> first that MMX actually does provide a signed packed comparison (I  
> usually work in high-level languages... excuses, excuses ;) ). With  
> that, this is easy.
> The score is kept in a register. We need five fewer memory accesses per  
> iteration of the inner loop, since i_score and result1-4 no longer need  
> to be accessed. We only need three 32-bit fetches, and three pointer  
> updates, which cannot be avoided.

 I have looked a bit at the mmx code and it can be vastly accelerated if you
suppose that T is lower or equal to 127 (and positive), and that you work on
less than 2^32/255 pixels.

 Basically what you can do is to compute P - C, N - C, and then saturates the
result to -128..127. This simplifies the pmull part (only one instead of 2),
and then using pcmpgtb, it allows to use psadbw to count the number of pixel.
As a side effect, it allows to handle 8 pixels at once.

 Here is what I tried:

    static const mmx_t b0   = { .uq = 0x0000000000000000ULL };
    static const mmx_t b128 = { .uq = 0x8080808080808080ULL };
    static const mmx_t bT   = { .ub = { T, T, T, T, T, T, T, T } };

    pxor_r2r( mm7, mm7 );
    for( int x = 0; x < w; x += 8 )
        movq_m2r( *((int64_t*)src_c), mm0 );
        movq_m2r( *((int64_t*)src_p), mm1 );
        movq_m2r( *((int64_t*)src_n), mm2 );

        psubb_m2r( b128, mm0 );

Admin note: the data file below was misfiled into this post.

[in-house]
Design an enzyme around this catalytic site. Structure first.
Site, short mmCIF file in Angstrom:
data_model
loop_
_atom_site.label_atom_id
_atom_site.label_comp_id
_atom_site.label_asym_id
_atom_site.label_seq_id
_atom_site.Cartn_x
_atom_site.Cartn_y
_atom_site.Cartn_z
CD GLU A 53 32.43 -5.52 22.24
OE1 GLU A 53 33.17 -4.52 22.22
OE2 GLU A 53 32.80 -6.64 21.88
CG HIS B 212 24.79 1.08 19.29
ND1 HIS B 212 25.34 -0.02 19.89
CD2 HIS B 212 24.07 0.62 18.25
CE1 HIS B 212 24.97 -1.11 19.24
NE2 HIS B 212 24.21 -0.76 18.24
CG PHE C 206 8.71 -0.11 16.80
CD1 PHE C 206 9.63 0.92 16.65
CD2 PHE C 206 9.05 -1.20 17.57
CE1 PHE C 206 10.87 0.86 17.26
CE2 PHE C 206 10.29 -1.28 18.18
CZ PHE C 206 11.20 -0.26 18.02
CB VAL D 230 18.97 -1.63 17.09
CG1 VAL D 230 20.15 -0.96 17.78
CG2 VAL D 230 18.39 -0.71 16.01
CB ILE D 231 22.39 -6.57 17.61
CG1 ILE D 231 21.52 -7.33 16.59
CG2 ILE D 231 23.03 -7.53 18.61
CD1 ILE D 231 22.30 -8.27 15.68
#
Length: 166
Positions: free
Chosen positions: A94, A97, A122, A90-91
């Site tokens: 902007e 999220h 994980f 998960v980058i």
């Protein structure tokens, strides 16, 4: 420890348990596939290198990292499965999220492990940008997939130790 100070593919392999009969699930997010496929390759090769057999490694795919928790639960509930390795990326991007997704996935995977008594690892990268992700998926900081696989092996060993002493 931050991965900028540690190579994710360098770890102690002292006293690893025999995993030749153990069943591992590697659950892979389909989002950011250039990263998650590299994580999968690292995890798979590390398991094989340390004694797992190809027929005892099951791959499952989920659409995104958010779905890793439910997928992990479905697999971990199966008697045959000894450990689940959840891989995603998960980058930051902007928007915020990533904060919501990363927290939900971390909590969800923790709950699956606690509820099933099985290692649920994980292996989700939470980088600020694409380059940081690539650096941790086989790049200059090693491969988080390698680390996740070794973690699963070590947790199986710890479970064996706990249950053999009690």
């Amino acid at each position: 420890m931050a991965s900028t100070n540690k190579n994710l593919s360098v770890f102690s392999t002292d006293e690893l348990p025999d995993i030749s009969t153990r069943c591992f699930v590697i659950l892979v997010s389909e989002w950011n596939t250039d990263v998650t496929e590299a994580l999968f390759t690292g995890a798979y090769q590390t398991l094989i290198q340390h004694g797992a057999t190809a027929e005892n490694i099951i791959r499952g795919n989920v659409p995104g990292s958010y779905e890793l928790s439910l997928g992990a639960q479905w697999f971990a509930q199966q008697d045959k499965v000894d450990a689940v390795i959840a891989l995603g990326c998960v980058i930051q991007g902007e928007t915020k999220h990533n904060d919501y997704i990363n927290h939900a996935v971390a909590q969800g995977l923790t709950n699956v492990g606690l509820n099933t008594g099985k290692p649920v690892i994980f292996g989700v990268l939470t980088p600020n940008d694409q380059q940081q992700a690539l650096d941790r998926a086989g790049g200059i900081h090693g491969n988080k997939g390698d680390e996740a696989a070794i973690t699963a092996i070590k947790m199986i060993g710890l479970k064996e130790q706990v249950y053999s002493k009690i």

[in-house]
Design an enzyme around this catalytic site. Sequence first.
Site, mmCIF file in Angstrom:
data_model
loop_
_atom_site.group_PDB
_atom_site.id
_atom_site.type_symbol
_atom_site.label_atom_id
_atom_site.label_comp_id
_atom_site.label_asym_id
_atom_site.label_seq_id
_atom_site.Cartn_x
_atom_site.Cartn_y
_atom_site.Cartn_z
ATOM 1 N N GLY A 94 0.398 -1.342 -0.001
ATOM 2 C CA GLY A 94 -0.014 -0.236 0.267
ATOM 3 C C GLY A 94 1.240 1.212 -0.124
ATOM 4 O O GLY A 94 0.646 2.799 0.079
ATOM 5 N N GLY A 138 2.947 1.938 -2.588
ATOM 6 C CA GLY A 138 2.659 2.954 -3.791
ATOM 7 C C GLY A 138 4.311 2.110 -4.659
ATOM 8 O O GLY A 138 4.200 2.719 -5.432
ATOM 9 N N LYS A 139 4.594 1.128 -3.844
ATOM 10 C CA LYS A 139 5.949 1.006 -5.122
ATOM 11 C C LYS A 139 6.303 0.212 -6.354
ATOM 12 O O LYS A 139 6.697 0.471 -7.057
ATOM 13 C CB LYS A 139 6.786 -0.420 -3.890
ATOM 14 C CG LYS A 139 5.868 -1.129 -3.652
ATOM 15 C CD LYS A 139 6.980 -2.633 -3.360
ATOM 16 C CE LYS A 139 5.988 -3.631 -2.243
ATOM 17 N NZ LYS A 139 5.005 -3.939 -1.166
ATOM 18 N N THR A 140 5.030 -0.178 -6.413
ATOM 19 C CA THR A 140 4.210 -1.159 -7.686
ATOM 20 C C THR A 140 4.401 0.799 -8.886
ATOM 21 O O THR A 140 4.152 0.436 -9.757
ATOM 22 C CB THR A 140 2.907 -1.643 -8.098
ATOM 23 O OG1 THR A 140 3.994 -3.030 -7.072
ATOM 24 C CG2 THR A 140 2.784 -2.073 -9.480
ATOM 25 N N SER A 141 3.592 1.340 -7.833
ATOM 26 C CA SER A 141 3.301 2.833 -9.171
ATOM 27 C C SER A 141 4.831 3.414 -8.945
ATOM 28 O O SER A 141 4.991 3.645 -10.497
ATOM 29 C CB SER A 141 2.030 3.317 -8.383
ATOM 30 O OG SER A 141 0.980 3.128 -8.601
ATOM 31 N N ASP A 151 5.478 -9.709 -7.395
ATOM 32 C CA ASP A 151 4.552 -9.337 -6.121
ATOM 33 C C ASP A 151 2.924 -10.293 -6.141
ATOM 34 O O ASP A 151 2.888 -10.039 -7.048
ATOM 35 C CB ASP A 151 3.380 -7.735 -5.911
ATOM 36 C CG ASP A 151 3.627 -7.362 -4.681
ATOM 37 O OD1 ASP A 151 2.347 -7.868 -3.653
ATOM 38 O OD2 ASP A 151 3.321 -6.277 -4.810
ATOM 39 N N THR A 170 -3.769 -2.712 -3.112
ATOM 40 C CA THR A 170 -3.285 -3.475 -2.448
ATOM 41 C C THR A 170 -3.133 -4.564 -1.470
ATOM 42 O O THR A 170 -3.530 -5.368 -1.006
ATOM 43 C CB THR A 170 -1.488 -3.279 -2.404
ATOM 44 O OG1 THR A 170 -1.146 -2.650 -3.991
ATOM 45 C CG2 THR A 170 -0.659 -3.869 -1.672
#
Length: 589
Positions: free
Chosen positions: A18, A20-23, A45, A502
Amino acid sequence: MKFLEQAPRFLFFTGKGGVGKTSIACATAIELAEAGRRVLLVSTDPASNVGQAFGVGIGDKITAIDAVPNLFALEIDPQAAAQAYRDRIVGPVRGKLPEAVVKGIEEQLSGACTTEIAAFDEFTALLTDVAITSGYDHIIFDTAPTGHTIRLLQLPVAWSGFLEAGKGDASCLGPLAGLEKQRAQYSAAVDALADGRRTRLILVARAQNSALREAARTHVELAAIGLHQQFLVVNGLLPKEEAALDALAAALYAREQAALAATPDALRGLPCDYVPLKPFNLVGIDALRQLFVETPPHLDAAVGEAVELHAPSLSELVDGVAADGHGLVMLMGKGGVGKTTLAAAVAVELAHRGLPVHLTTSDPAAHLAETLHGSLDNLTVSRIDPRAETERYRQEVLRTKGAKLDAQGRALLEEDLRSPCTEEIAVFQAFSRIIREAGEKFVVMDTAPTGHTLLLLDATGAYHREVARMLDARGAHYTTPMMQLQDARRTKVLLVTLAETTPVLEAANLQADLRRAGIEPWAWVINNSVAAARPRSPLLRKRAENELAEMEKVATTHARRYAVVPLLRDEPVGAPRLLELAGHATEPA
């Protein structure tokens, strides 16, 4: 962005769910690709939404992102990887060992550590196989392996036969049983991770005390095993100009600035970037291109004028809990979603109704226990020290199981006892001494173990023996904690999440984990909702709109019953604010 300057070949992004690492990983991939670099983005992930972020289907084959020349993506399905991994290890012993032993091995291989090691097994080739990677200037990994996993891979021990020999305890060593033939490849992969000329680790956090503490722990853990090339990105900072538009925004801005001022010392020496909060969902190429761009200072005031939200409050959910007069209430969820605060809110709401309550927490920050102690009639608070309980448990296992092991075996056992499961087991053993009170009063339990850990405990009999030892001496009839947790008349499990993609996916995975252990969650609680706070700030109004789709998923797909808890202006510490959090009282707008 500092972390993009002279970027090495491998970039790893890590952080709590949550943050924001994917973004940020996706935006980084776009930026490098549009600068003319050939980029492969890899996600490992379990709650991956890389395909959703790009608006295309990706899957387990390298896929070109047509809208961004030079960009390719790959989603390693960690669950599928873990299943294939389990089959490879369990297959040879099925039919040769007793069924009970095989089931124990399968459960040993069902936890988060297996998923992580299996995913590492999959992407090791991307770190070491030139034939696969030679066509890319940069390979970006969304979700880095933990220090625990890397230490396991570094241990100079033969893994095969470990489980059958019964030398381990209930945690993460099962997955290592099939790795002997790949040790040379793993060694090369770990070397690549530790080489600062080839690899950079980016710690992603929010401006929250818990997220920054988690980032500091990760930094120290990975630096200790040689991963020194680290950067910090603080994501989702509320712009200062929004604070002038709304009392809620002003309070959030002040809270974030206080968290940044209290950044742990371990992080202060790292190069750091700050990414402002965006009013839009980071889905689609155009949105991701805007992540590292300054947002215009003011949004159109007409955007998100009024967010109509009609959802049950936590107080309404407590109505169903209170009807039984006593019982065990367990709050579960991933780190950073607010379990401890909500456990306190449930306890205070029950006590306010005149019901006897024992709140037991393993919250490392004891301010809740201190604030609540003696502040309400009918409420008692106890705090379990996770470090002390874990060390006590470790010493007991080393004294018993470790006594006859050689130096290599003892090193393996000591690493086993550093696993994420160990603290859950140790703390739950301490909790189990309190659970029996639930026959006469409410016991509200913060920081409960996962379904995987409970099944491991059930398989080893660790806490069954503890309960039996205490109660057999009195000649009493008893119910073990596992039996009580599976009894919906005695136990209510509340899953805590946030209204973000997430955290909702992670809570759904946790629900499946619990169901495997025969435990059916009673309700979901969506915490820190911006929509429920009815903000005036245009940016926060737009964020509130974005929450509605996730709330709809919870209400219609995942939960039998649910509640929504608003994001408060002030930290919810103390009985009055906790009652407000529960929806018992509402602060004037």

psubb_m2r( b128, mm1 );
        psubb_m2r( b128, mm2 );

        psubsb_r2r( mm0, mm1 );
        psubsb_r2r( mm0, mm2 );

        pxor_r2r( mm3, mm3 );
        pxor_r2r( mm4, mm4 );
        pxor_r2r( mm5, mm5 );
        pxor_r2r( mm6, mm6 );

        punpcklbw_r2r( mm1, mm3 );
        punpcklbw_r2r( mm2, mm4 );
        punpckhbw_r2r( mm1, mm5 );
        punpckhbw_r2r( mm2, mm6 );

        pmulhw_r2r( mm3, mm4 );
        pmulhw_r2r( mm5, mm6 );

        packsswb_r2r(mm4, mm6);
        pcmpgtb_m2r( bT, mm6 );
        psadbw_m2r( b0, mm6 );
        paddd_r2r( mm6, mm7 );

        src_c += 8;
        src_p += 8;
        src_n += 8;
    uint32_t score;
    movd_r2m( mm7, score );
    return score / 255;

 This function is about 4.6 times faster than the C version, while the
proposed version has about the same speed than the C one (in my test).
 It can be made a bit faster by interleaving a bit the instructions,
and by using sse2 (but only if the data is 16 bytes aligned). I haven't
tried a SSSE3 version. It is probably not optimal either, my MMX/SSE2
skills are a bit rusty.

> On this I have a question... can we be sure it doesn't change even if  
> the user switches to another video source? Say, from a DVD to a file,  
> which didn't come from an NTSC source. Does the core always restart the  
> filter chain in such a case? If so, can we rely on it doing so in the  
> future, too?
 Yes. The video filters are recreated on resolution changes. The exceptions
are scaling filters and blending ones.

> (My main future concern is that there have been posts asking about  
> seamless playback on the forums. If there are plans for that in 1.2.x  
> (as I understood), will it affect the filter chain restart?)
 Filter chain will still be recreated.

> True. Will fix.
> Or maybe even actually check the case, and error out in a final else  
> block if none of the conditions match. It's not like it costs too many  
> CPU cycles ;)
 Adding code that cannot be executed is usually a bad practice IMHO.
It can slow down things, and will confuse someone reading the code
later. Using asserts fix both issue.